Las Vegas Sands (NYSE:LVS) is being sued in China for about $380 million over the way it won a gaming license in Macau, marking the latest lawsuit in what has become an extremely competitive Asian casino market.
Asian American Entertainment, controlled by Taiwanese-American businessman Shi Sheng Hao, is suing casino mogul Sheldon Adelson’s Las Vegas Sands for 3 billion Macau Patacas.
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He claims Sands and its subsidiary Sands China breached its contract by going behind its back to team up with another company to bid for the license.
The two had teamed up in 2001 to operate a Venetian-style resort in Macau, leading Hao to sign a letter of intent with the company to bid for a license. However, he claims Sands later signed a letter of intent with a different company, Hong Kong-based Galaxy Entertainment, and submitted a proposal for a very similar Venetian resort without telling him.
In a statement to the Hong Kong stock exchange, Sands said the claim against the company’s Venetian Macao resort is “meritless” and will “vigorously defend the matter in court,” noting the claim relates to events that occurred before the resort was incorporated in June 2002.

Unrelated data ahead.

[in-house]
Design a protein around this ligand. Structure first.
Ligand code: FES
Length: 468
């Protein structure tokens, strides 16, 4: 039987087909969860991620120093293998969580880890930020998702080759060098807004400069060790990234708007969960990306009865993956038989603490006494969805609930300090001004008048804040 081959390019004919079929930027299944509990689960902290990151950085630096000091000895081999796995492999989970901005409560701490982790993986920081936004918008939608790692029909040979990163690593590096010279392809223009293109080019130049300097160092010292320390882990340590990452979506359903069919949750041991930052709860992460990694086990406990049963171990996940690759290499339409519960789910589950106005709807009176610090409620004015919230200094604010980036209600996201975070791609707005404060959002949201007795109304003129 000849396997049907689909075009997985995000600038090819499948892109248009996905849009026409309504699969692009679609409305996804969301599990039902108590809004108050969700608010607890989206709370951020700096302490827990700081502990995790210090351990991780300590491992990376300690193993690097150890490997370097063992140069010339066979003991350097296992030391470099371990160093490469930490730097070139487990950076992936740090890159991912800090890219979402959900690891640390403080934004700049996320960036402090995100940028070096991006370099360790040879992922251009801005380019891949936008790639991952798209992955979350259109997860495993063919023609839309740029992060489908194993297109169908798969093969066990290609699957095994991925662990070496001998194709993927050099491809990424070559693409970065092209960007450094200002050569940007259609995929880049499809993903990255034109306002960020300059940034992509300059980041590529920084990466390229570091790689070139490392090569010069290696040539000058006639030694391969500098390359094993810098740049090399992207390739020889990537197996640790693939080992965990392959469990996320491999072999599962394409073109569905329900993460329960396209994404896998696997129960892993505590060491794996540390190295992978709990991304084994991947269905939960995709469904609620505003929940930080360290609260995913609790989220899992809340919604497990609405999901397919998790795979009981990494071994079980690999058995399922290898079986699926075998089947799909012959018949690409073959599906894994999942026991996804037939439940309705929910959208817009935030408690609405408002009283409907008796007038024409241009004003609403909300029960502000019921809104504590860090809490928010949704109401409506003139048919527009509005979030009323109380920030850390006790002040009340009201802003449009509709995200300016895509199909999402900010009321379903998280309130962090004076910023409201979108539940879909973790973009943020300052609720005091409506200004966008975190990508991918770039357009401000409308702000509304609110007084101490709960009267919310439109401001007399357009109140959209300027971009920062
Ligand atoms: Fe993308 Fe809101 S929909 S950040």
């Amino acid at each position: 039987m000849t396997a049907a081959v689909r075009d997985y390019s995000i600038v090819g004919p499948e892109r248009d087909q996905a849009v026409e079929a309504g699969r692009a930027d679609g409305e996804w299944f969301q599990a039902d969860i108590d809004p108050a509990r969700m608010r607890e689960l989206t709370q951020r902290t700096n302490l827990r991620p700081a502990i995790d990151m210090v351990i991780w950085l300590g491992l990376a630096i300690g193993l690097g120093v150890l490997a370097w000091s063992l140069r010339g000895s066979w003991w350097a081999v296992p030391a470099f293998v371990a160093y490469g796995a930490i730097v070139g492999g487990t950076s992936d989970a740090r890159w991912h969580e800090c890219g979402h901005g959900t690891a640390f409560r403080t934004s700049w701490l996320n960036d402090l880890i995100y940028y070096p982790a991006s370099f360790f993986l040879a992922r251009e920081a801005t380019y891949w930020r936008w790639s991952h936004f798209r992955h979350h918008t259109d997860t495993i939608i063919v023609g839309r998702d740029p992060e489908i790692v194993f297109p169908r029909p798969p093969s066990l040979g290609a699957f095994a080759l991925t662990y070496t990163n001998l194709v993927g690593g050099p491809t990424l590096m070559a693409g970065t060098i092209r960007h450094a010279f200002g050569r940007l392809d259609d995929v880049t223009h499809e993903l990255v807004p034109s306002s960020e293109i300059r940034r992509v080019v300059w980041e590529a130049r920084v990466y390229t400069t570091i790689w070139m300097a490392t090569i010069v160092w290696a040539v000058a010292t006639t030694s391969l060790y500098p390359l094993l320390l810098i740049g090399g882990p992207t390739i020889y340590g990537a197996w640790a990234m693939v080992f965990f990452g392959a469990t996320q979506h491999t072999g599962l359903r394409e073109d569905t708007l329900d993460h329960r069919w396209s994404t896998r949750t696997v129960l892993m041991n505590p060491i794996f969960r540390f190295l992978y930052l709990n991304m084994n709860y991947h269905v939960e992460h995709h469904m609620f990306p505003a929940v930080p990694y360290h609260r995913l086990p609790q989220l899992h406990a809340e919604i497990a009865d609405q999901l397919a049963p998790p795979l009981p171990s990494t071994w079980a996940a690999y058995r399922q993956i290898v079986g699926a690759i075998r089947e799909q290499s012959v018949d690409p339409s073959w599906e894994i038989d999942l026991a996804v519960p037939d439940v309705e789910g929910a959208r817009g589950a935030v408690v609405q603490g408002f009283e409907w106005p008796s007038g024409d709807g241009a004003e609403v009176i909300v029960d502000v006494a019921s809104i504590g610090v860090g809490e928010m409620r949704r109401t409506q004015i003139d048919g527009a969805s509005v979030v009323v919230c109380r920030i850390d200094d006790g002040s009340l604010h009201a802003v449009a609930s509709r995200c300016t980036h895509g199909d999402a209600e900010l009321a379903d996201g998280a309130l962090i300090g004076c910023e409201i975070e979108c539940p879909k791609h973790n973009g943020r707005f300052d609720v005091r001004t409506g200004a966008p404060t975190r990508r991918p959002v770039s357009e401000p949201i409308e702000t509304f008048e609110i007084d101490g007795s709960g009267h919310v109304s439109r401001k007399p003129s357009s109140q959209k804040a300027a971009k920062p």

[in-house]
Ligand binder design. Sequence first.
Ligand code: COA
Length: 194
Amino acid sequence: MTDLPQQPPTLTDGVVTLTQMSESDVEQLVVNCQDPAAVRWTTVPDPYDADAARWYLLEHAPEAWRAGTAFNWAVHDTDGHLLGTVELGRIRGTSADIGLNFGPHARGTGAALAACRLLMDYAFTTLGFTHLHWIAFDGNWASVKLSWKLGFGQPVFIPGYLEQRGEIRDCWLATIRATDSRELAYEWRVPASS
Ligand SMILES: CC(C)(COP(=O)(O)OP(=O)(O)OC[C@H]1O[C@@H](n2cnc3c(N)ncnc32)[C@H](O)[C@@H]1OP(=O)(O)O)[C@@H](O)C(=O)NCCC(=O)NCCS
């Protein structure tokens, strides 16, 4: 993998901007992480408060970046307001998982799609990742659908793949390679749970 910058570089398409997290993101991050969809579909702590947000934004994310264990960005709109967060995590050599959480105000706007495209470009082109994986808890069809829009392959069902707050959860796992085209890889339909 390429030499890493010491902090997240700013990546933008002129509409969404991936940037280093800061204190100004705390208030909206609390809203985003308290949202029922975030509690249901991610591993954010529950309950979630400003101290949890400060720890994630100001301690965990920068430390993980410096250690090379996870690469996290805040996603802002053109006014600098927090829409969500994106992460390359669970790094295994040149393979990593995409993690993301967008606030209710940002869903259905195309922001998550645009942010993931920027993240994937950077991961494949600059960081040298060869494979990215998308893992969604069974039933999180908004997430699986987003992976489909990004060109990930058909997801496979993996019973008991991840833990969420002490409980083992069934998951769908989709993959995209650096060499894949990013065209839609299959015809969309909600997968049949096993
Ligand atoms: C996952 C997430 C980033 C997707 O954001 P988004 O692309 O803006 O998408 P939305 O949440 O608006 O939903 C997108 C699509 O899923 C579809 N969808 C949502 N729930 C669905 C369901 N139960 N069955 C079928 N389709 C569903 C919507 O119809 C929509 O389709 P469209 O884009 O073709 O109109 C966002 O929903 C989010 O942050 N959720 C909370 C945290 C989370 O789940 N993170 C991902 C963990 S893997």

The suit follows an earlier one filed in Nevada that had been dismissed.
The fight to control the gambling scene in Macau, which is the only place where gambling is legal in China, has heated up over the last few years. Macau raked in $33.5 billion in revenue last year from 34 casinos.
This battle follows another nasty one between casino tycoon Steven Wynn of Wynn Resorts (NASDAQ:WYNN) and former partner Kazuo Okada. The friends-turned-enemies have criticized the way they each handled deals in Asia where they are seeking separate casino approvals.
That fight has similarly led to lawsuits, but it also influenced Okada’s ousting from the Wynn board and the sale of his shares at a steep 30% discount.